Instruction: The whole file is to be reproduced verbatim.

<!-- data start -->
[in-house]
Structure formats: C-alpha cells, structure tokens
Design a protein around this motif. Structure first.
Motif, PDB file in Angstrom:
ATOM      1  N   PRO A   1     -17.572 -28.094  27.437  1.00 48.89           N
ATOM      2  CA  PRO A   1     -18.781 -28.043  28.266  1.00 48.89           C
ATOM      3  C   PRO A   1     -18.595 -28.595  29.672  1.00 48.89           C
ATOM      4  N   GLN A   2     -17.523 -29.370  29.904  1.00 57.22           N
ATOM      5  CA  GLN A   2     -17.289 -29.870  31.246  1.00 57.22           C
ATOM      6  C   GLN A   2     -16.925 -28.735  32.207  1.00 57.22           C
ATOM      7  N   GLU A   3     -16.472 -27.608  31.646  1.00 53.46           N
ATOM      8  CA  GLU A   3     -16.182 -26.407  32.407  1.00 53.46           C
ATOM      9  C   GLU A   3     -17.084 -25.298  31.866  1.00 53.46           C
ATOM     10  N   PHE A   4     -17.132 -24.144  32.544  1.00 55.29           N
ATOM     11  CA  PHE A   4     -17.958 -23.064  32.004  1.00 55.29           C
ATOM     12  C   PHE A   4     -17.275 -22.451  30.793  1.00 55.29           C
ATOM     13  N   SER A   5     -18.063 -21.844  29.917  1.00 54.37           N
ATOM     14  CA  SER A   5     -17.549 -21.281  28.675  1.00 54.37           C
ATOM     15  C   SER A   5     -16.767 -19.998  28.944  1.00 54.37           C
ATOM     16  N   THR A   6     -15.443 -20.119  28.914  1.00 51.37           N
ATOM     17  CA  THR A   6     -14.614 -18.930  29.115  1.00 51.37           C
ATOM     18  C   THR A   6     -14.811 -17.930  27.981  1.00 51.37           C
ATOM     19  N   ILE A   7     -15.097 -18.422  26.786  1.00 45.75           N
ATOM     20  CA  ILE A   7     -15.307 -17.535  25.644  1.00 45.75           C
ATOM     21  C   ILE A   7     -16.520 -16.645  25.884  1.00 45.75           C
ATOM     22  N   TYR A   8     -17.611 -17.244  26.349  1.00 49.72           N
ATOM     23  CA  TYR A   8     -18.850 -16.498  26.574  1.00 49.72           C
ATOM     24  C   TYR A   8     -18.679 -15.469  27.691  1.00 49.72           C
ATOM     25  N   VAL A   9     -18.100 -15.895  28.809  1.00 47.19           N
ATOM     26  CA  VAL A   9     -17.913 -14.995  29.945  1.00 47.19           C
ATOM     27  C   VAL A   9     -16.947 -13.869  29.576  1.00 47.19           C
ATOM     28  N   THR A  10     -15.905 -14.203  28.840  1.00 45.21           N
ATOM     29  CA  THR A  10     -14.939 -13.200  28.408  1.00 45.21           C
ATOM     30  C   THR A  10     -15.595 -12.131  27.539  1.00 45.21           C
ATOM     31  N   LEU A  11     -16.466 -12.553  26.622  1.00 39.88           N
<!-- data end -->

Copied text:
[in-house]
Structure formats: C-alpha cells, structure tokens
Design a protein around this motif. Structure first.
Motif, PDB file in Angstrom:
ATOM      1  N   PRO A   1     -17.572 -28.094  27.437  1.00 48.89           N
ATOM      2  CA  PRO A   1     -18.781 -28.043  28.266  1.00 48.89           C
ATOM      3  C   PRO A   1     -18.595 -28.595  29.672  1.00 48.89           C
ATOM      4  N   GLN A   2     -17.523 -29.370  29.904  1.00 57.22           N
ATOM      5  CA  GLN A   2     -17.289 -29.870  31.246  1.00 57.22           C
ATOM      6  C   GLN A   2     -16.925 -28.735  32.207  1.00 57.22           C
ATOM      7  N   GLU A   3     -16.472 -27.608  31.646  1.00 53.46           N
ATOM      8  CA  GLU A   3     -16.182 -26.407  32.407  1.00 53.46           C
ATOM      9  C   GLU A   3     -17.084 -25.298  31.866  1.00 53.46           C
ATOM     10  N   PHE A   4     -17.132 -24.144  32.544  1.00 55.29           N
ATOM     11  CA  PHE A   4     -17.958 -23.064  32.004  1.00 55.29           C
ATOM     12  C   PHE A   4     -17.275 -22.451  30.793  1.00 55.29           C
ATOM     13  N   SER A   5     -18.063 -21.844  29.917  1.00 54.37           N
ATOM     14  CA  SER A   5     -17.549 -21.281  28.675  1.00 54.37           C
ATOM     15  C   SER A   5     -16.767 -19.998  28.944  1.00 54.37           C
ATOM     16  N   THR A   6     -15.443 -20.119  28.914  1.00 51.37           N
ATOM     17  CA  THR A   6     -14.614 -18.930  29.115  1.00 51.37           C
ATOM     18  C   THR A   6     -14.811 -17.930  27.981  1.00 51.37           C
ATOM     19  N   ILE A   7     -15.097 -18.422  26.786  1.00 45.75           N
ATOM     20  CA  ILE A   7     -15.307 -17.535  25.644  1.00 45.75           C
ATOM     21  C   ILE A   7     -16.520 -16.645  25.884  1.00 45.75           C
ATOM     22  N   TYR A   8     -17.611 -17.244  26.349  1.00 49.72           N
ATOM     23  CA  TYR A   8     -18.850 -16.498  26.574  1.00 49.72           C
ATOM     24  C   TYR A   8     -18.679 -15.469  27.691  1.00 49.72           C
ATOM     25  N   VAL A   9     -18.100 -15.895  28.809  1.00 47.19           N
ATOM     26  CA  VAL A   9     -17.913 -14.995  29.945  1.00 47.19           C
ATOM     27  C   VAL A   9     -16.947 -13.869  29.576  1.00 47.19           C
ATOM     28  N   THR A  10     -15.905 -14.203  28.840  1.00 45.21           N
ATOM     29  CA  THR A  10     -14.939 -13.200  28.408  1.00 45.21           C
ATOM     30  C   THR A  10     -15.595 -12.131  27.539  1.00 45.21           C
ATOM     31  N   LEU A  11     -16.466 -12.553  26.622  1.00 39.88           N